In 2004, Châu and Laumon were awarded the Clay Research Award for their achievement in solving the fundamental lemma for the case of unitary groups.[12] Châu's proof of the general case was selected by Time as one of the Top Ten Scientific Discoveries of 2009.[15] In 2010, he received the Fields Medal. By decree on 22 April 2011, he was awarded a Knight of France's Legion of Honour.[18] In 2012, he became a fellow of the American Mathematical Society.[19] In 2021, he became an honorary member of the London Mathematical Society.[20][21]

Major publications[edit]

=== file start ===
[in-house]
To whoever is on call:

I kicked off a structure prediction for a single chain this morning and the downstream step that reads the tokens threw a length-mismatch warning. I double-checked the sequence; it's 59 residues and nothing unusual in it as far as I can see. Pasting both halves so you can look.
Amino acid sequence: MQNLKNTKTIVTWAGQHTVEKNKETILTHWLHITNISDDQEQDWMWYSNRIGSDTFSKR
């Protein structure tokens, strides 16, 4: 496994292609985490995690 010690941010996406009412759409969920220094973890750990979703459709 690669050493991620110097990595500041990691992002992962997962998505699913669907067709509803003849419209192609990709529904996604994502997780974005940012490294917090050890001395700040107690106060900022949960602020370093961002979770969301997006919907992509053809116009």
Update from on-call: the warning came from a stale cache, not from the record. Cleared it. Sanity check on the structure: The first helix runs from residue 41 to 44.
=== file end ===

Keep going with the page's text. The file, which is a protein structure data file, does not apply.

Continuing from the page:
• Ngô, Bao Châu. Le lemme fondamental pour les algèbres de Lie. [The fundamental lemma for Lie algebras] Publ. Math. Inst. Hautes Études Sci. 111 (2010), 1–169. doi:10.1007/s10240-010-0026-7 MR2653248 arXiv:0801.0446


  1. ^ Hàm Châu (2010-08-17). "Ngô Bảo Châu, "bom tấn" và "trống đồng" trong toán học". Khoa học & Đời Sống Online. Archived from the original on 2012-03-18. Retrieved 2011-10-09.
  2. ^ "Le congrès international des mathématiciens" (PDF). Société Mathématique de France. May 2010. Retrieved 2010-07-15.
  3. ^ University of Chicago (2011-03-15). "Homepage at University of Chicago". University of Chicago. Retrieved 2011-08-20.
  4. ^ New Scientist Mathematics 'Nobel' rewards boundary-busting work 19 August 2010 "Aside from Lindenstrauss, this year's winners were Ngô Bảo Châu of the University of Paris-South, France, Stanslav Smirnov of the University of Geneva, Switzerland, and Cédric Villani of the Henri Poincaré Institute, Paris, France."